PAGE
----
| New interview test aims to 'x-ray the minds' of candidates

New interview test aims to 'x-ray the minds' of candidates

Would you find it useful to know if your candidate had an imaginary twin?

With the ebb and flow of hiring fads putting curveballs under the spotlight last year, the latest rage is psychologically profiling your candidates - gathering an ‘x-ray of the subconscious mind’.

According to the Daily Telegraph, some of the UK’s largest employers are using the ‘Cambridge code’ a psychometric test that analyses a person’s characteristics through a set of 55 questions. The test is aimed at uncovering ‘subconscious latent potential’.

To put it simply, the code aims to extract jobseekers whose credentials look good but whose characteristics could be a liability in the workplace. Developers also say that the test can identify mental health problems.

The 30-minute online assessment, which is being used by British Government departments as well as FTSE fims to analyse prospective staff, includes questions such as: ‘Have you ever had an imaginary twin?’

Other questions include: ‘When your boyfriend/ girlfriend/partner/sibling/parent wants you to do something that makes them happy, can you say 'no' even if saying 'yes' puts your needs second?’ and ‘Remember the moment when you first lost out to a rival. What did you do?’

The test, developed by a team of researchers at Cambridge University led by Drs Curly Moloney and Emma Loveridge, aims to tease out candidates underlying motivations.

“Each question tells us a small thing but when put with other answers, it becomes a small piece in a big picture,” Dr Moloney told the Daily Telegraph.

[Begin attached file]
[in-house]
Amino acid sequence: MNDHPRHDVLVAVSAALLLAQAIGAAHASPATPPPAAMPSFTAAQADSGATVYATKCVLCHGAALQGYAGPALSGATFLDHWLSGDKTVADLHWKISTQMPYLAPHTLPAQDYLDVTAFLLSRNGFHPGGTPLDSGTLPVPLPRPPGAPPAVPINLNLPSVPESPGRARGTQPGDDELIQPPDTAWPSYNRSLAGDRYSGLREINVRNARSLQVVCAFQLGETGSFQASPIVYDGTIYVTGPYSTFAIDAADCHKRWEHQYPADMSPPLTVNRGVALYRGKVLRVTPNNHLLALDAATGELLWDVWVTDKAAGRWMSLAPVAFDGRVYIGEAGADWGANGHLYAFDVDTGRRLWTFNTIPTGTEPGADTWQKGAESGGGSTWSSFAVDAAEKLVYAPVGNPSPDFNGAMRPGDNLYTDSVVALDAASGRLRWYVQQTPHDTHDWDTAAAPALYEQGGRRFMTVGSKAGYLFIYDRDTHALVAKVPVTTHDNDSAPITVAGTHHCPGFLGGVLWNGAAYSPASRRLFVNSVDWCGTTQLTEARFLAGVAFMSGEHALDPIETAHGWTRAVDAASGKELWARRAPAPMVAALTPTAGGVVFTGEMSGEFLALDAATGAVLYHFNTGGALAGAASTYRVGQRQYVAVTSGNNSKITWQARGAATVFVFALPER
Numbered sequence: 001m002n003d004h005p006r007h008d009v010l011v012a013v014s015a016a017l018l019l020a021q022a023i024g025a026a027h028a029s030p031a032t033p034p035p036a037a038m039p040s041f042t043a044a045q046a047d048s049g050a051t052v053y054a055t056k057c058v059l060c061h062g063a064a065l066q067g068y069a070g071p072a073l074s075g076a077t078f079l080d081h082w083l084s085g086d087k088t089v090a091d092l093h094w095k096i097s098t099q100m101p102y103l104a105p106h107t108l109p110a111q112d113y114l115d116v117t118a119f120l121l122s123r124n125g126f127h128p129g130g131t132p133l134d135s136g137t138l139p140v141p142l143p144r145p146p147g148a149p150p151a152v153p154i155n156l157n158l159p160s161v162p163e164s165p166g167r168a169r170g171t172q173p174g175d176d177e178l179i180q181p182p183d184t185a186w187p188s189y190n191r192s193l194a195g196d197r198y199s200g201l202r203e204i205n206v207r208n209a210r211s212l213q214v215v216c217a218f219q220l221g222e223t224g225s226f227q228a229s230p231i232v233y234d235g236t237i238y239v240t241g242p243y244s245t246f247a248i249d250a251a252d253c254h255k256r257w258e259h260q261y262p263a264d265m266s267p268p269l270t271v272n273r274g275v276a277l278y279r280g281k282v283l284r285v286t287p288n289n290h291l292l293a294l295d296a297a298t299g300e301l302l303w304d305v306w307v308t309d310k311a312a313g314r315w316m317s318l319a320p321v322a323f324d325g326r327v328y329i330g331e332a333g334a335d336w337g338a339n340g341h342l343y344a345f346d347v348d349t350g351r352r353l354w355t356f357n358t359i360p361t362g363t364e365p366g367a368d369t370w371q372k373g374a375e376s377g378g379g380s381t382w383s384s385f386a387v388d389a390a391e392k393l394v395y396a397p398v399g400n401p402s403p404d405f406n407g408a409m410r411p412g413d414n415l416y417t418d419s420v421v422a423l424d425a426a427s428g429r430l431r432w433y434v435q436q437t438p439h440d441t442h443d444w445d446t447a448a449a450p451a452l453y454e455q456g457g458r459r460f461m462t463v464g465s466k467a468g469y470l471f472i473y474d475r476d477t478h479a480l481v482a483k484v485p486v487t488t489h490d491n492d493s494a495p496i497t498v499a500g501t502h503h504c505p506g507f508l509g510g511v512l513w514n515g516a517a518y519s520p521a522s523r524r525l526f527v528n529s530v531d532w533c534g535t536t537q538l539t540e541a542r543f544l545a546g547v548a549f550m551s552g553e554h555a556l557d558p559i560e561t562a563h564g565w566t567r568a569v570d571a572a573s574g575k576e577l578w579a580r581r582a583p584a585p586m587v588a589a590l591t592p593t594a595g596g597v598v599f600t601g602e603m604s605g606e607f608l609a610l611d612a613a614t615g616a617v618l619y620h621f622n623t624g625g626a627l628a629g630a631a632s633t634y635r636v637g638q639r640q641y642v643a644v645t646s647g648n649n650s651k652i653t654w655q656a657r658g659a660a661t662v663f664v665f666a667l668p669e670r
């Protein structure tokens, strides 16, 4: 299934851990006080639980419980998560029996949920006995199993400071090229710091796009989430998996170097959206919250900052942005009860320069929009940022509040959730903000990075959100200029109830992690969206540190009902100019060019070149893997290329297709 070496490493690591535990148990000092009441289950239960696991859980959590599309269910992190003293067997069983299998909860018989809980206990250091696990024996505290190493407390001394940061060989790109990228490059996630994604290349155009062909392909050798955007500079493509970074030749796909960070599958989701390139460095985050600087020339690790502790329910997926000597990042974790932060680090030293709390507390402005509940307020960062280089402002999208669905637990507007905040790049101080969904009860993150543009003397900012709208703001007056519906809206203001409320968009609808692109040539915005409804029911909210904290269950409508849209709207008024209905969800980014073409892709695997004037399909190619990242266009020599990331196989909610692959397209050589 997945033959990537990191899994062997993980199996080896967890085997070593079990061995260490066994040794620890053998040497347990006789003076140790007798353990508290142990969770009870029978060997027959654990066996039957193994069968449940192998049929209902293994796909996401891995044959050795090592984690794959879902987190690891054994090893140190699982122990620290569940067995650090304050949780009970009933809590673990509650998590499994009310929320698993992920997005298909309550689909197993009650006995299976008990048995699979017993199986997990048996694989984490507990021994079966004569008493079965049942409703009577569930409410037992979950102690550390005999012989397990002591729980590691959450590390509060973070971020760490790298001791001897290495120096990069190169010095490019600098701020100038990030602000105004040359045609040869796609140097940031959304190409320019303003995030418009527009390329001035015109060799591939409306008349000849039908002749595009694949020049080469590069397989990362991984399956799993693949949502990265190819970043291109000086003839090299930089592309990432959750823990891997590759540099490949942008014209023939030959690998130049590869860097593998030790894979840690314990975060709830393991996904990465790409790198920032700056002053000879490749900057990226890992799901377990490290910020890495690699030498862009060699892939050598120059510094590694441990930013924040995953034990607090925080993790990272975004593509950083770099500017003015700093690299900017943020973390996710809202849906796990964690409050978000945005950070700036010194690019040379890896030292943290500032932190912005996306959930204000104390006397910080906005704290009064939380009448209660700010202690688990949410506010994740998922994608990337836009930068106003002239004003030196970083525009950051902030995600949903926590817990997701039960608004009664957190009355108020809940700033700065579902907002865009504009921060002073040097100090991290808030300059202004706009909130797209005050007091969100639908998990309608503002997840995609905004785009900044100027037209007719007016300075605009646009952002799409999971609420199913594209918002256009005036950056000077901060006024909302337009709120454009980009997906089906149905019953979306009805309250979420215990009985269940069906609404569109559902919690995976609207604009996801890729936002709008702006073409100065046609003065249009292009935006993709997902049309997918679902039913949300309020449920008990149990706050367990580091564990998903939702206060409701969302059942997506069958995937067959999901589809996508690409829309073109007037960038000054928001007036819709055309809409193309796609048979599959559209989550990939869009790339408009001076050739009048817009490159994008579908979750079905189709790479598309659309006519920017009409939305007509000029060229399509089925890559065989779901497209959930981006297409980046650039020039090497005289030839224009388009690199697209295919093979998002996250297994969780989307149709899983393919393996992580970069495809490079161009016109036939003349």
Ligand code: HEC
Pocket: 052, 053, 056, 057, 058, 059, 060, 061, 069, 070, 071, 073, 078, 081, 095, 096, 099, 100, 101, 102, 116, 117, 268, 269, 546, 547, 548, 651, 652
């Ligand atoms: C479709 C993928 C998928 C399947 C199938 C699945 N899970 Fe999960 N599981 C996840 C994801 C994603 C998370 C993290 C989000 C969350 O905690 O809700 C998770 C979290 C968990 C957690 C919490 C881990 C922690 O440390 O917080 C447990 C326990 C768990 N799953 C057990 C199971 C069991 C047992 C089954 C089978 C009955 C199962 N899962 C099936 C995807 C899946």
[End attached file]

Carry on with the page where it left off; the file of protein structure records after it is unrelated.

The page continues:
"Our algorithm has enabled a new approach to assessing individuals providing an x-ray of the subconscious mind."

The company says that the test aims to show candidates resilience, potential and how they deal with authority - traits not easily gleaned from an interview. The questions also aim to find out how good applicants are at managing people and dealing with rivalries.

It’s also hoped to be used by GPs to evaluate the mental health of their patients.

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The test however has drawn criticism, with Inc contributor and President of advisory company Howard Raucous, Chris Matyszczyk wary of the intrusive nature of the assessment.

“I've come here for a job, not a shrink session,” he wrote. Citing the fact that Dr Curly Moloney hired two candidates using the code – without ever meeting them - he raises the point that companies are just using the test to hire numbers, not individuals.

So, will you be using the Cambridge Code to make your next hire? Tell us in the comments…

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Comments (1)

  • Ruth Austin
    Ruth Austin
    Tue, 31 Jul 2018 3:35pm BST
    I would have serious concerns about using this test alone. It asks very personal questions. A test that determines how well someone may fit into a team or organisation could be useful but this seems extremely intrusive.

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